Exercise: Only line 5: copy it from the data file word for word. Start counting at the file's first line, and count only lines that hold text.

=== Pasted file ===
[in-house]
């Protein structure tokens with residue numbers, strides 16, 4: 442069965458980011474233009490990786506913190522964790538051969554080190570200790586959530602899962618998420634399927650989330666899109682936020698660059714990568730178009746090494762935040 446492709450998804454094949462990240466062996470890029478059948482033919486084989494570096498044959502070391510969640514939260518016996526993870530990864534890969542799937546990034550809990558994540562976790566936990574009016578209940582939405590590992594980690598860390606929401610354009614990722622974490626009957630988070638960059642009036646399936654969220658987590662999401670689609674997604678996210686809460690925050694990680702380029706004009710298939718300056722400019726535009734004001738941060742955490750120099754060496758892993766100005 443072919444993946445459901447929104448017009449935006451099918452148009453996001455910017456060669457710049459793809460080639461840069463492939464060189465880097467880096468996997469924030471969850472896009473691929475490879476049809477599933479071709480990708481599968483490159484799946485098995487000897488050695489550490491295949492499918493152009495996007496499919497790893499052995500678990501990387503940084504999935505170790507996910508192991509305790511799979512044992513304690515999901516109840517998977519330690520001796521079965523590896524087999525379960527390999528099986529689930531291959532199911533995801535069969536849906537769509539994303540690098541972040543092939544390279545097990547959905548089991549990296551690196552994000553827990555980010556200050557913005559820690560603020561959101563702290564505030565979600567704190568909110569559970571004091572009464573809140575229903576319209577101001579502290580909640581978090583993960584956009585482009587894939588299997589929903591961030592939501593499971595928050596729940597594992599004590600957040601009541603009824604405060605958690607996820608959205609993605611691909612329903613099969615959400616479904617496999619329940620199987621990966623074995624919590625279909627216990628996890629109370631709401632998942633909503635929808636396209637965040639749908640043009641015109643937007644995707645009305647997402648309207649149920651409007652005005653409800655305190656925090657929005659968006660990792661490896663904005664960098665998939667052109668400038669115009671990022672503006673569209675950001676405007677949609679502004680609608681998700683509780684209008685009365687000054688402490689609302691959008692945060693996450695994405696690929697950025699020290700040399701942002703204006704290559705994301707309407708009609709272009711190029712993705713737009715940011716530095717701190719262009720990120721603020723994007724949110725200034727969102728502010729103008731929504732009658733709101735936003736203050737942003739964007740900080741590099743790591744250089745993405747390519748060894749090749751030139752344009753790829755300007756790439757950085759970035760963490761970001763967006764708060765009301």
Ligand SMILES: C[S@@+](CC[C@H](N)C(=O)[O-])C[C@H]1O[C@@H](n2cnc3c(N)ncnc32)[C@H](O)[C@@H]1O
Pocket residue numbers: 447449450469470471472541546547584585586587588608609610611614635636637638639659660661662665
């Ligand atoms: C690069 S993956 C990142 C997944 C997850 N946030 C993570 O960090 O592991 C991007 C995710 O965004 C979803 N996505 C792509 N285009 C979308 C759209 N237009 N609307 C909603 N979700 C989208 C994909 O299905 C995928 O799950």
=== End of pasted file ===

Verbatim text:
């Ligand atoms: C690069 S993956 C990142 C997944 C997850 N946030 C993570 O960090 O592991 C991007 C995710 O965004 C979803 N996505 C792509 N285009 C979308 C759209 N237009 N609307 C909603 N979700 C989208 C994909 O299905 C995928 O799950």